Budget fails to relieve businesses from financing worries

Mulwana said the budget could have done better for manufacturers and given more enablers.
In Summary

Some of the national budget proposals for 2021/22 have been met by disappointment, notably the slow […]

Some of the national budget proposals for 2021/22 have been met by disappointment, notably the slow recapitalization of the Uganda Development Bank Limited (UDBL) even as government insists a quick recovery from the impact of the Covid-19 pandemic will depend on the private sector. The government-owned bank offers loans at concessionary terms below the average going market rates.

On Thursday, Amos Lugoloobi, the in-coming Minister of State for Finance in-charge of Planning, read out the budget speech with Human Capital Development, Governance and Security, and transport/ infrastructure collectively taking up just over a third of the UGX 44 trillion (about $12.4 billion) planned expenditure.

Domestically, the government hopes to raise UGX 22.4 trillion in taxes during 2021/22, but expectations are Uganda Revenue Authority will fail to collect the targeted UGX 20 trillion projected for 2020/21 by the end of June. In 2020/21, the economy grew by 3.3 percent, up from three percent the previous, but substantially down from the recent highs of six percent.

Speaking during the EY Post Budget 2021/22 webinar this morning, Barbara Mulwana, current Chair at the Uganda Manufacturers Association said although UMA had engaged the government about their most pressing concerns in the pre-budget process, some key issues notably financing had not been adequately addressed. She said everyone is hurting and government should try and not add on to that pain.

In this speech Lugoloobi said, “Uganda Development Bank has been allocated UGX 103 billion for the next financial year, this will be in addition to UGX 558 billion dispersed in this current financial year. This is basically for lending to small and medium enterprises affected by Covid-19.”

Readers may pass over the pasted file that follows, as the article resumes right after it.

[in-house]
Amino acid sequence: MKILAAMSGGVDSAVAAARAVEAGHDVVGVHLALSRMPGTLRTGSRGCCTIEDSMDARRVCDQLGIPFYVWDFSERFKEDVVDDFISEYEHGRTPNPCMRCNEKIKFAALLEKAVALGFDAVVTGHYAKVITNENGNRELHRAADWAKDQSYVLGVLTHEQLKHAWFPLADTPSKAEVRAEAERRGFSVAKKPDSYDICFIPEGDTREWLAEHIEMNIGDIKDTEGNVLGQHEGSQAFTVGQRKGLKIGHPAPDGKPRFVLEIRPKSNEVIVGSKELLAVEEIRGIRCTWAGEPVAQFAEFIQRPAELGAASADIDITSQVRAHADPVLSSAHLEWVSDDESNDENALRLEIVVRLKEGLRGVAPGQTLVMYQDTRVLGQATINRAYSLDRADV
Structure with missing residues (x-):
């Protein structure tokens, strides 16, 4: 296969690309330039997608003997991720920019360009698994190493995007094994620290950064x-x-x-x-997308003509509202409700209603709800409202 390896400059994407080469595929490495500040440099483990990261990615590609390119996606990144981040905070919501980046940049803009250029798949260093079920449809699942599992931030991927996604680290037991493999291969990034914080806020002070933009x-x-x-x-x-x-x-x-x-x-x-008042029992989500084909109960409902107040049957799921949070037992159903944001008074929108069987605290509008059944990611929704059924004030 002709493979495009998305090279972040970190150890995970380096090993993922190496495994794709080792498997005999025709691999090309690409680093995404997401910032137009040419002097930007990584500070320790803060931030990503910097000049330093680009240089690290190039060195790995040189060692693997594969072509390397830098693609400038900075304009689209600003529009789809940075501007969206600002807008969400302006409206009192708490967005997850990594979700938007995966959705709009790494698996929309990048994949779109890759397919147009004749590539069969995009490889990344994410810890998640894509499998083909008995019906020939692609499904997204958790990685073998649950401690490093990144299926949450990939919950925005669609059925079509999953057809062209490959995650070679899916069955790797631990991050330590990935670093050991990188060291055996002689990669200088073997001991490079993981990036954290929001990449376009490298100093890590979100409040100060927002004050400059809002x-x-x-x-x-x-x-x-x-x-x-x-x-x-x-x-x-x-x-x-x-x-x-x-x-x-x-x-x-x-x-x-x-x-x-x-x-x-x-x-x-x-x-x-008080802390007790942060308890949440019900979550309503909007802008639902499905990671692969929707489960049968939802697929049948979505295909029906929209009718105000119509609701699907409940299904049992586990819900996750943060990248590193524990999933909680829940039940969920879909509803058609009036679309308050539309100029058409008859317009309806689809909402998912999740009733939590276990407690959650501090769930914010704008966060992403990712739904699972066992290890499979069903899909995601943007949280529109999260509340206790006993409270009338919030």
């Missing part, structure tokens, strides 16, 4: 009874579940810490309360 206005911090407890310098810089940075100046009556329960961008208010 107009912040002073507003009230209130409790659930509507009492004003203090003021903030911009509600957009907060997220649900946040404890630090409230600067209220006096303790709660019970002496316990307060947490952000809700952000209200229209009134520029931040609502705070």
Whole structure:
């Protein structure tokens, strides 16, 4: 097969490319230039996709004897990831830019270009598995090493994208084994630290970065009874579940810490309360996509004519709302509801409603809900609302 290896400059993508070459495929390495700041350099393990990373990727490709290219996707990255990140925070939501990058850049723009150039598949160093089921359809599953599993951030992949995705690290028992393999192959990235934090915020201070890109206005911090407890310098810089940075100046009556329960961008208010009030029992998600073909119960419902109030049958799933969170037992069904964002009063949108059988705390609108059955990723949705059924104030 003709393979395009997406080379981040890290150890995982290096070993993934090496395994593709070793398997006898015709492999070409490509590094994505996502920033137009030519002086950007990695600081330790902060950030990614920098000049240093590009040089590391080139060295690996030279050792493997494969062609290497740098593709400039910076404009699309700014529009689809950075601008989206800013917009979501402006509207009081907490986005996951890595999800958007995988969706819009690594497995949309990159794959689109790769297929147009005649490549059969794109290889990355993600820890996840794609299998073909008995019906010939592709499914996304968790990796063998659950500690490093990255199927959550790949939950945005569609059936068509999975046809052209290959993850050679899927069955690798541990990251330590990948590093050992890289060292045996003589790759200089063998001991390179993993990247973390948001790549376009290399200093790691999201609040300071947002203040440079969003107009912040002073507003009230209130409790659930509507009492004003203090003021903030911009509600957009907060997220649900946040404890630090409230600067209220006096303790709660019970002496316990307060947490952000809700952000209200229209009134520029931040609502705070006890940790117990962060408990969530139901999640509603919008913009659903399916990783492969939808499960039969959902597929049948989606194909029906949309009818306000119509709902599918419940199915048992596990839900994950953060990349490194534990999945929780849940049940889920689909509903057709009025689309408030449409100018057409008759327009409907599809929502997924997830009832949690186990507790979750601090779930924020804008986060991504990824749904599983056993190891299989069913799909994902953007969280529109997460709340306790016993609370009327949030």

Mulwana said, “UDB was only allocated UGX 103 billion. That means many of our members will not be able to access these funds and on top of that, we will also be competing with government for other available credit. Down the chain, smaller companies may not get any financing at all.” Mulwana is the Executive Director of Nice House of Plastics.

EY, an international financial services and consultancy firm, has been holding post-budget discussions for several years now, but the pandemic has meant adoption of virtual interactions. The session was moderated by Muhammed Ssempijja, EY Uganda Country Leader.

Mulwana said, “In my view, manufacturing was allocated little money and yet we are the ones providing jobs, involved with import substitution. All government priorities, but concerning the budget, we could have done better for manufacturers and given more enablers.  I believe the independence of a country is best seen by the extent its goods and services are locally sourced. Covid-19 has shown us this.”

Lugoloobi told Parliament, “The key to rapid socio-economic transformation in Uganda, rests on industrialisation mainly based on agriculture, boosting private sector business, and ensuring the wellbeing of Ugandans together with the development of their skills for productive work. The budget for the next financial year 2021/22, is therefore premised on the theme ‘Industrialisation for Inclusive Growth, Employment and Wealth Creation’.

Mulwana wondered out aloud how increasing the prices of inputs can boost private sector business. “The tax on plastic raw materials is puzzling for industries that are trying to grow. Amidst Covid-19, this is not the time to add new taxes, but to help manufacturers. We appreciate URA wanting to create a spirit of doing business better by use of the digital tax stamps, but we would have also wanted the government to have paid for the process.”

As key partners with the government in responding to the negative impact of the pandemic on the economy, Mulwana said industry and manufacturing deserved more government support with policies that eased production and spurred growth. She welcomed plans to reduce the electricity rate for industrial users to five cents a unit. However Mulwana also cited the need for an export guarantee scheme to mitigate the risk of selling goods outside Uganda. She said this will encourage manufacturers to explore regional markets by de-risking exports.

The UMA chair also suggested that the September 30 deadline for debtors to re-negotiate their pending loans with commercial banks be extended by a year since Covid-19 was still prevalent and the country was going in a partial lockdown. Mulwana added that this provision should not apply to those who took out loans before April 1st 2021, but all companies in similar straits as a direct result of the pandemic.

She said an alternative for raising financing, is the issuing of corporate bonds, but this can only be possible if the present provisions for capital gains tax are reviewed.

Mulwana said it is important for government to allocate resources to areas or sectors that will create the most sustainable impact in the economy, and gave electricity as a good example.

More to follow

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